Enzymes could be key for brain cancer and Alzheimer’s disease

| Written by Guest Blogger
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This post was written by Janelle Weaver, Ph.D., a freelance writer.

Animals ranging from fish to humans produce a vitamin-A metabolite called retinoic acid, which plays an important role in growth and embryonic development and protects against diseases such as cancer. By regulating the activity of key genes, retinoic acid causes immature cells called embryonic stem cells to turn into mature, specialized cells such as neurons. “Neurons—the building blocks of the nervous system—are particularly important cell types in therapy, due to the fact that they normally don’t reproduce or replace themselves after they become damaged,” said Laszlo Nagy, M.D., Ph.D., director of the Genomic Control of Metabolism Program and professor in the Diabetes and Obesity Research Center at Sanford-Burnham's Lake Nona campus. “Despite their crucial role, we still have a limited understanding regarding the molecular programs that coordinate their functionality.”

Addressing this gap in knowledge, Nagy and his team recently discovered that enzymes called protein arginine methyl transferases (PRMTs) 1 and 8 play key roles in regulating the effects of retinoic acid on gene activity and cellular specification. As reported  in the journal Stem Cells, PRMT1 reduces the potency of retinoic acid signals, whereas PRMT8 enhances retinoid signaling during later stages of differentiation of mouse embryonic stem cells to neurons. The researchers also found that PRMT8 is almost entirely absent in brain tissues from patients with glioblastoma—a fast-growing type of tumor that forms from glial cells, which make up the supportive tissue of the brain and spinal cord.

“The results of this study suggest a novel mechanism of how two evolutionarily linked proteins with similar enzymatic activity can have distinct effects on cellular differentiation through the integration of retinoid signaling,” Nagy said. “These proteins might be important in the development of neurodegenerative diseases such as Alzheimer’s disease, and they can be potential targets in the treatment of brain tumors.”

Balancing act The PRMT family of enzymes catalyzes arginine methylation—a chemical process involving the addition of a methyl group to an amino acid called arginine. The resulting arginine-methylated proteins are involved in a number of different cellular processes, including transcriptional regulation and DNA damage repair. Arginine methylation is also associated with cellular differentiation, but the role of PRMTs in the birth of neurons has not been clear.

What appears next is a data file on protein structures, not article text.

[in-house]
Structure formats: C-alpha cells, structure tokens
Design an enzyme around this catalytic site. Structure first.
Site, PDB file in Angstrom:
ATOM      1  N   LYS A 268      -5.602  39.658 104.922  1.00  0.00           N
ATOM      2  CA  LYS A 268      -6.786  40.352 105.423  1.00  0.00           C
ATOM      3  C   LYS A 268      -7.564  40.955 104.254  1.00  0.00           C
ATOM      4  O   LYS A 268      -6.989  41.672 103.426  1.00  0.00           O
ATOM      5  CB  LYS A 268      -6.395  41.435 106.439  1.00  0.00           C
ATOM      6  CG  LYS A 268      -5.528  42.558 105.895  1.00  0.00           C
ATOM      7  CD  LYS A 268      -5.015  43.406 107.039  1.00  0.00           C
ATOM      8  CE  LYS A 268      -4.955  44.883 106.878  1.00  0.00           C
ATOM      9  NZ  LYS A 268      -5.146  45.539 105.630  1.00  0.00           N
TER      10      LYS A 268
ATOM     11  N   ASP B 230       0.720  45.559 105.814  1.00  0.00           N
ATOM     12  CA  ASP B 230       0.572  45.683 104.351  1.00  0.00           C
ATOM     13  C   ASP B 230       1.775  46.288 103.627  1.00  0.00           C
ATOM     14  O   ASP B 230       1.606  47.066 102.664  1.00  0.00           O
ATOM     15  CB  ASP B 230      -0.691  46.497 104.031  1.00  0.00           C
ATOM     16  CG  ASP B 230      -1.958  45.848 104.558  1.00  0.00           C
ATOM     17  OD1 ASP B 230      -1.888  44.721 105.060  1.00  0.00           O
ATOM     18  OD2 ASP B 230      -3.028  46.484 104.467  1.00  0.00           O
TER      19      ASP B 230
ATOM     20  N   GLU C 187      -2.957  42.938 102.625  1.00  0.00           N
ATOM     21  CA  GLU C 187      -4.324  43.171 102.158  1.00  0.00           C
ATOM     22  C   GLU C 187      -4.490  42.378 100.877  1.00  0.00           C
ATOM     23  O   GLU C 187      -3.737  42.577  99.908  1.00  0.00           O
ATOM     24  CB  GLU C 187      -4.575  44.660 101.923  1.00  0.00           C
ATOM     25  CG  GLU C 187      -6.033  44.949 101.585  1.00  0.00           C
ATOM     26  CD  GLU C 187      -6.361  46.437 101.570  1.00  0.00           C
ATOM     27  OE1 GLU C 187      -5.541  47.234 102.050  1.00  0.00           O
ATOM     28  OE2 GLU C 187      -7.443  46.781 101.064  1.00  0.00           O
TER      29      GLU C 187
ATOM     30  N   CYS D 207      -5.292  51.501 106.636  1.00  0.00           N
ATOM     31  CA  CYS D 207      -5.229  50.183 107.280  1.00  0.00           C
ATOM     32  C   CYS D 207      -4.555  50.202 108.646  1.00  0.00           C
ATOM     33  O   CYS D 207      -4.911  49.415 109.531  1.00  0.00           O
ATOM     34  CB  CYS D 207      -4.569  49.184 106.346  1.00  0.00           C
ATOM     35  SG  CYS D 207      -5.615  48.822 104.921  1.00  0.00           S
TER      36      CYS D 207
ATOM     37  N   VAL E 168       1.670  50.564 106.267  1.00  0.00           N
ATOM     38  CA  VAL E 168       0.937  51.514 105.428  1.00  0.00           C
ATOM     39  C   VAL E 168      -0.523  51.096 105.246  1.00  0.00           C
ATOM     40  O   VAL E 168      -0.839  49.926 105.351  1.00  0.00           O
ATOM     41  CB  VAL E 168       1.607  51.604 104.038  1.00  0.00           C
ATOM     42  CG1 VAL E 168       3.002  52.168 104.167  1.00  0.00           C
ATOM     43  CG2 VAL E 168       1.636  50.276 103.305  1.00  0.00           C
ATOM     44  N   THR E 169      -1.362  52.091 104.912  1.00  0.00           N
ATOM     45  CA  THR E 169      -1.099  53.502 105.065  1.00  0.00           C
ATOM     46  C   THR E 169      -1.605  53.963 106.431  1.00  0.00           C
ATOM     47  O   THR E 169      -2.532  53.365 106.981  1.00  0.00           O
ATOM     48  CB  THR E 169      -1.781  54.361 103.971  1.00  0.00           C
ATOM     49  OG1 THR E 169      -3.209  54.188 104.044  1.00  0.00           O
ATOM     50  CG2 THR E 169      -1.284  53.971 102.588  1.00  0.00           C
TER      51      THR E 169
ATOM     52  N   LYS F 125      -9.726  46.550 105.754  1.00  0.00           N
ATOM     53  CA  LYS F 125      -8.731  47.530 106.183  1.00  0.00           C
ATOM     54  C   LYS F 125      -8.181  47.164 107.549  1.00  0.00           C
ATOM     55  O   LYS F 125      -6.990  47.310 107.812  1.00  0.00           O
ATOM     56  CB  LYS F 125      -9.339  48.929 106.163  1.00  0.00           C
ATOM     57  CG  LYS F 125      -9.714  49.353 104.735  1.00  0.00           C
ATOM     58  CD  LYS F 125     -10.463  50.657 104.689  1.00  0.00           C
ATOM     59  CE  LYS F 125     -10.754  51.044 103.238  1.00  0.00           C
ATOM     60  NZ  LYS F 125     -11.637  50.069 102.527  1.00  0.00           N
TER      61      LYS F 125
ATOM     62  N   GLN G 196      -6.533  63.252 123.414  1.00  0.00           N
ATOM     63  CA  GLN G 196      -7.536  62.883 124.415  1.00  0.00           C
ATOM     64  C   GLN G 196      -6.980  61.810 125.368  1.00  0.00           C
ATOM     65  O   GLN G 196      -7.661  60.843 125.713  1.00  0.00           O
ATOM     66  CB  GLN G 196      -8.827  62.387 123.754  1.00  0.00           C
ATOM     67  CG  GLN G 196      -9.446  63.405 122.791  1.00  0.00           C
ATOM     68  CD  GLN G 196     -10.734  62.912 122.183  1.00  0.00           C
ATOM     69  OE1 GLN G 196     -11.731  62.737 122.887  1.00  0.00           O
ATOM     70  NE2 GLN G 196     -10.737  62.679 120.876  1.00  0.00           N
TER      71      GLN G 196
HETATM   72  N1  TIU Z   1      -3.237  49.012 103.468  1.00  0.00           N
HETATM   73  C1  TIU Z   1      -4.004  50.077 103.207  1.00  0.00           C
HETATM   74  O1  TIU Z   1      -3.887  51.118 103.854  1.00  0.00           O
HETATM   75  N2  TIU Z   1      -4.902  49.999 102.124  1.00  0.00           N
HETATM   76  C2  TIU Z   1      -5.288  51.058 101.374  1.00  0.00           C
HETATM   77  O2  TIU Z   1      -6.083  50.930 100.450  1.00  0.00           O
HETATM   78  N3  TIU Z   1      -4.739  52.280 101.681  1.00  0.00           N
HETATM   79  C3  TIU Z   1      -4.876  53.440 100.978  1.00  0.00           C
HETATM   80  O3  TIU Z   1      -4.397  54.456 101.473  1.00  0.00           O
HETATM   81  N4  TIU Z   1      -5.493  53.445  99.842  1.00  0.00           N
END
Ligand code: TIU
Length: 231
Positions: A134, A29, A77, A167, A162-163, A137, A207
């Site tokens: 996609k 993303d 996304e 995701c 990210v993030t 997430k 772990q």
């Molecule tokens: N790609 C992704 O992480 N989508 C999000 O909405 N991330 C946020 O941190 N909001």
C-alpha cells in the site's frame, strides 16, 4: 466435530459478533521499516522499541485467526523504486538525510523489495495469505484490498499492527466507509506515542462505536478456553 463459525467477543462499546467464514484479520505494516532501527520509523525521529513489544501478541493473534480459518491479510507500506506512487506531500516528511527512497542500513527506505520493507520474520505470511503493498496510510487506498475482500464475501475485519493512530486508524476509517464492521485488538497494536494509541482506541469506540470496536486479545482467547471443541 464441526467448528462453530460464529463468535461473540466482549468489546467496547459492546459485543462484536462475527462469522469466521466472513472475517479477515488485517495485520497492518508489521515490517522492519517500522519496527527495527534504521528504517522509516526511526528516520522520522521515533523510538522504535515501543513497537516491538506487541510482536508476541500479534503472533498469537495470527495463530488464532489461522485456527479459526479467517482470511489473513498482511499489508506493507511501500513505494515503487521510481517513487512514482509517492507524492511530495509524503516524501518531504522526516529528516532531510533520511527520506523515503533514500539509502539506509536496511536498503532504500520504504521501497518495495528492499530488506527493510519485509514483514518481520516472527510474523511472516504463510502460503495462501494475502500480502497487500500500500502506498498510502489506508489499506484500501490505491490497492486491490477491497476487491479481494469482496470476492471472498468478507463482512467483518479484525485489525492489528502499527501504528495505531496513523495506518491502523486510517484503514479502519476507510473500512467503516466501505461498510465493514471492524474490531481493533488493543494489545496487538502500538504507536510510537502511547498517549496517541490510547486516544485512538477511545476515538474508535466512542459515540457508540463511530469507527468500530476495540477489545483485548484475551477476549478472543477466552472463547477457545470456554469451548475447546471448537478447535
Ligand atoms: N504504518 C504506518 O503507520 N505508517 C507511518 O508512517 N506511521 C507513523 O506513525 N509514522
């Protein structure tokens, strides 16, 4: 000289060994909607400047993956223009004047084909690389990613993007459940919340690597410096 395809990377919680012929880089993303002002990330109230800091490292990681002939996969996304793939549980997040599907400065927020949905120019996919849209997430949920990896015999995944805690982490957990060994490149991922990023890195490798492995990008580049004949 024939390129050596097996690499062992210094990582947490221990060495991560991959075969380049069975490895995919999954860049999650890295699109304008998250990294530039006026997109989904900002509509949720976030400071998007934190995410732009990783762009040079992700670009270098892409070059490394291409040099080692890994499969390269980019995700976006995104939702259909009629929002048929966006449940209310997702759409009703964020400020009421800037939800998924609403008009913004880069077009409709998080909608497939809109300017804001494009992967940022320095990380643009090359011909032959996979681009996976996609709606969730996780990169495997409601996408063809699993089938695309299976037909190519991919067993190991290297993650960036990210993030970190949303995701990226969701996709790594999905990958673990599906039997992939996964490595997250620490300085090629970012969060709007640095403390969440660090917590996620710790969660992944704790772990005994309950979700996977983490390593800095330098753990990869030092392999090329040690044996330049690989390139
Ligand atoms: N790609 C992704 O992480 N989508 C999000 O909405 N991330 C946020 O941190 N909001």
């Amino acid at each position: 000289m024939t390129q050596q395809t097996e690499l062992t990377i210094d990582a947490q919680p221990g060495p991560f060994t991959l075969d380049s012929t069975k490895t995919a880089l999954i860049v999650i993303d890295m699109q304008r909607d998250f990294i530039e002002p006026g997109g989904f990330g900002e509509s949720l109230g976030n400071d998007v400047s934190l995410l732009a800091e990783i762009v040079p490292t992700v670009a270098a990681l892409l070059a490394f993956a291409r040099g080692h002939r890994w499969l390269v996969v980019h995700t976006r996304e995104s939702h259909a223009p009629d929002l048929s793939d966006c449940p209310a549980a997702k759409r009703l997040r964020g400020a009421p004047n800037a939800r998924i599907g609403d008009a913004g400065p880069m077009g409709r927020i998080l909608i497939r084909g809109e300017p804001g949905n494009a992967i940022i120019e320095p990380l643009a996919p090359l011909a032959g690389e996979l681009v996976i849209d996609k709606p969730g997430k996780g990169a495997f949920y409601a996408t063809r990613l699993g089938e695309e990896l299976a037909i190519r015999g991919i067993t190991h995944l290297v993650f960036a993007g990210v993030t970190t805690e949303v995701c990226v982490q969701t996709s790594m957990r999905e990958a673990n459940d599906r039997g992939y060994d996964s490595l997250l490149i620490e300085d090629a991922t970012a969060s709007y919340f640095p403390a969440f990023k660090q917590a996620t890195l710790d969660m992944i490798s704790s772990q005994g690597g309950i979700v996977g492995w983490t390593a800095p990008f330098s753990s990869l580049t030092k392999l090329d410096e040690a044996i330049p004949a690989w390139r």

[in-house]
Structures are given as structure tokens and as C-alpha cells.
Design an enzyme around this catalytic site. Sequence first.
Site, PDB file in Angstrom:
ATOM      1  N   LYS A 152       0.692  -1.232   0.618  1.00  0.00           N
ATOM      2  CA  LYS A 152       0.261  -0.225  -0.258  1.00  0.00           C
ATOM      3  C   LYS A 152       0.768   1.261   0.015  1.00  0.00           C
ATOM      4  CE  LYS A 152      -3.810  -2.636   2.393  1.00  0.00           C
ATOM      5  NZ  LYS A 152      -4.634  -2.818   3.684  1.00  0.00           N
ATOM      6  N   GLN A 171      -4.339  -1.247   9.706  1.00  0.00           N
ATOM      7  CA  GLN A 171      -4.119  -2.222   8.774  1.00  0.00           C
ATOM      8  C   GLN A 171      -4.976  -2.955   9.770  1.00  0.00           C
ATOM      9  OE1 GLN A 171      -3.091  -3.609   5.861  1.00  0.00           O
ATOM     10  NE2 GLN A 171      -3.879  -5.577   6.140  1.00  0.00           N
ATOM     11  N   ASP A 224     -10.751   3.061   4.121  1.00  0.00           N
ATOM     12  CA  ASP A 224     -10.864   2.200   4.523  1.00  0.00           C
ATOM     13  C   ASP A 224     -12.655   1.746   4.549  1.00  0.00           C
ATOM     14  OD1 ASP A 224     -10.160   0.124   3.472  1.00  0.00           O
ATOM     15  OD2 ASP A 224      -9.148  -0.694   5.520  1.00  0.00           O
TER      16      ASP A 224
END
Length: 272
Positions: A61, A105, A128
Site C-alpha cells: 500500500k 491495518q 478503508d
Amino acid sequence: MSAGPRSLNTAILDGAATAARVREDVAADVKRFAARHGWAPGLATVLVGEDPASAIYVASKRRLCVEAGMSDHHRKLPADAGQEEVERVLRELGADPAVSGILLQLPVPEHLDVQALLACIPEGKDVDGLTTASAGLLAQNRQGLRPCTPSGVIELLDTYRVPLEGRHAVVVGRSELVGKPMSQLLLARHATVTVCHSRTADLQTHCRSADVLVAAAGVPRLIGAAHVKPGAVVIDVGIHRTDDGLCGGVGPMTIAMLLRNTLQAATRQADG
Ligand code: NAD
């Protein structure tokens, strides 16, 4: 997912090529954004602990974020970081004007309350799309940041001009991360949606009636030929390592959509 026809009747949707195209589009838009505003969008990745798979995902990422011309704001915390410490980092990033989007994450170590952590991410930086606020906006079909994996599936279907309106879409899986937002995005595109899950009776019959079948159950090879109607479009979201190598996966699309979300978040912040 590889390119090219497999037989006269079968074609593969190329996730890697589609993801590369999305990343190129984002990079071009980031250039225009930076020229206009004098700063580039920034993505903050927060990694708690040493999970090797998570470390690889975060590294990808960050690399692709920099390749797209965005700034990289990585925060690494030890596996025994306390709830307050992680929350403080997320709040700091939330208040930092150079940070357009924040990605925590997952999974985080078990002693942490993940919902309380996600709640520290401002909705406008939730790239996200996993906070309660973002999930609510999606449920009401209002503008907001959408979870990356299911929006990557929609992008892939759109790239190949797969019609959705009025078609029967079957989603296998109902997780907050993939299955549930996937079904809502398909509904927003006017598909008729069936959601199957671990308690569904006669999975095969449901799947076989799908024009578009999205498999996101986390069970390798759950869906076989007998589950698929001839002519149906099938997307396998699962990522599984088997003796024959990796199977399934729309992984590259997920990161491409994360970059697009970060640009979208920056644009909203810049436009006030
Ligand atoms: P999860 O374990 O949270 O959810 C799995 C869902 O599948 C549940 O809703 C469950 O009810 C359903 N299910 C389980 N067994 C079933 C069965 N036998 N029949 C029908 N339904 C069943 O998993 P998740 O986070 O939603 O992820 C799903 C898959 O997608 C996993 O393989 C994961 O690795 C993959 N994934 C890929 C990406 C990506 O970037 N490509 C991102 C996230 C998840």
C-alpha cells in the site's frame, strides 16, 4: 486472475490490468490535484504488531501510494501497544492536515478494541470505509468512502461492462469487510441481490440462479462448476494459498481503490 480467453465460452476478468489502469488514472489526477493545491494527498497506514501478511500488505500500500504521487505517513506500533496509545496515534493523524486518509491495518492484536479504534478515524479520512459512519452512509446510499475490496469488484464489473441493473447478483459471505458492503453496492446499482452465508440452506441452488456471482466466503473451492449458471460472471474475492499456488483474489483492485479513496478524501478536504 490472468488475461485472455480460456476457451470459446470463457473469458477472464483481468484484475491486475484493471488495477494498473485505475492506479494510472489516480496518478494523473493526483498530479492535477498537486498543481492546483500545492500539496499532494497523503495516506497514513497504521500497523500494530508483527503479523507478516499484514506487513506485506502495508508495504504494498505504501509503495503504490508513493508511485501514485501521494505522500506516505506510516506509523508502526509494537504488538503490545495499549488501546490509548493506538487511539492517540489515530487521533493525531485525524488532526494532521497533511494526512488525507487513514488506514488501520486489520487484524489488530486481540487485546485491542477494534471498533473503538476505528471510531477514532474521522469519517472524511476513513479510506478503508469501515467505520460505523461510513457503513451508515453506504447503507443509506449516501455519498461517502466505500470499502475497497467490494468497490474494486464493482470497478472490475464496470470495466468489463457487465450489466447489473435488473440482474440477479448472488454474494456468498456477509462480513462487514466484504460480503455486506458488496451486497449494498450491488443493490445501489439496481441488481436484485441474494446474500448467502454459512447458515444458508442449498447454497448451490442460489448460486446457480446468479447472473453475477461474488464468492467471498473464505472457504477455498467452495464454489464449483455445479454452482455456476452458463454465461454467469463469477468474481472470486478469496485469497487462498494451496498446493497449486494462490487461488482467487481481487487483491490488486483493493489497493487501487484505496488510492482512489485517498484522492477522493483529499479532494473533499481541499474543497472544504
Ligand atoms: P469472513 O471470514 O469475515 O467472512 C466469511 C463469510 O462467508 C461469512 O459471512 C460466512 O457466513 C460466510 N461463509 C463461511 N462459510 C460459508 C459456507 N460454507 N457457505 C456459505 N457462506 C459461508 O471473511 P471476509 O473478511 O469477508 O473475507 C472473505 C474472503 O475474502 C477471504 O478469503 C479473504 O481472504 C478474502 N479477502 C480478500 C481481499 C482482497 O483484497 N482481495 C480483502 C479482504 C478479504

In the new study, Nagy and his team set out to explore the involvement of PRMTs and arginine methylation in neuronal development using a multistage differentiation model of mouse embryonic stem cells to neurons. They found that PRMT1 levels were steady during the course of neuronal differentiation induced by treatment with retinoic acid. By contrast, PRMT8 was present only in mature, differentiated neurons. Moreover, cells that were depleted of PRMT1 were able to develop into mature cells such as neurons and heart-muscle cells, suggesting that cellular differentiation can occur in the absence of PRMT1. While retinoic acid-dependent transcriptional activity was markedly increased in the absence of PRMT1, loss of PRMT8 had an inhibitory effect on the retinoid response. These findings suggest that PRMT8 is a general co-activator of retinoic acid signaling, whereas PRMT1 arms the cells with a negative-feedback mechanism to limit the effects of retinoic acid on a subset of target genes.

“Our results suggest that PRMT1 and PRMT8 are not essential for early neural differentiation, but more likely play a role in its fine-tuning mechanism,” said lead study author Zoltan Simandi of the University of Debrecen in Hungary. “These fine-tuning mechanisms are even more important than dramatic effects, since they are tolerated during embryonic development and probably contribute to neurological diseases in adults.”

Therapeutic targets When the researchers analyzed brain tissues from patients with glioblastoma, they found a substantial reduction in the expression level of PRMT8, while PRMT1 expression was normal. These data indicate that loss of PRMT8 and genes regulated by it are putative markers in glioblastoma and might participate in its development. Moreover, their analysis suggests that PRMT1 and PRMT8 could affect molecular pathways related to Alzheimer’s disease.

“We are excited to understand in more detail the role of these proteins in healthy individuals as well as patients,” Nagy said. “In collaboration with clinicians, one of our future goals is to determine how PRMT8 contributes to the development of brain tumors and whether it can be used to improve diagnosis at earlier stages. Ultimately, we also hope to determine whether PRMT1 and PRMT8 can be targeted pharmacologically to modulate neuronal differentiation for the treatment of brain tumors or Alzheimer’s disease.”

The paper can be found at http://onlinelibrary.wiley.com/doi/10.1002/stem.1894/abstract.

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Zoltan Simandi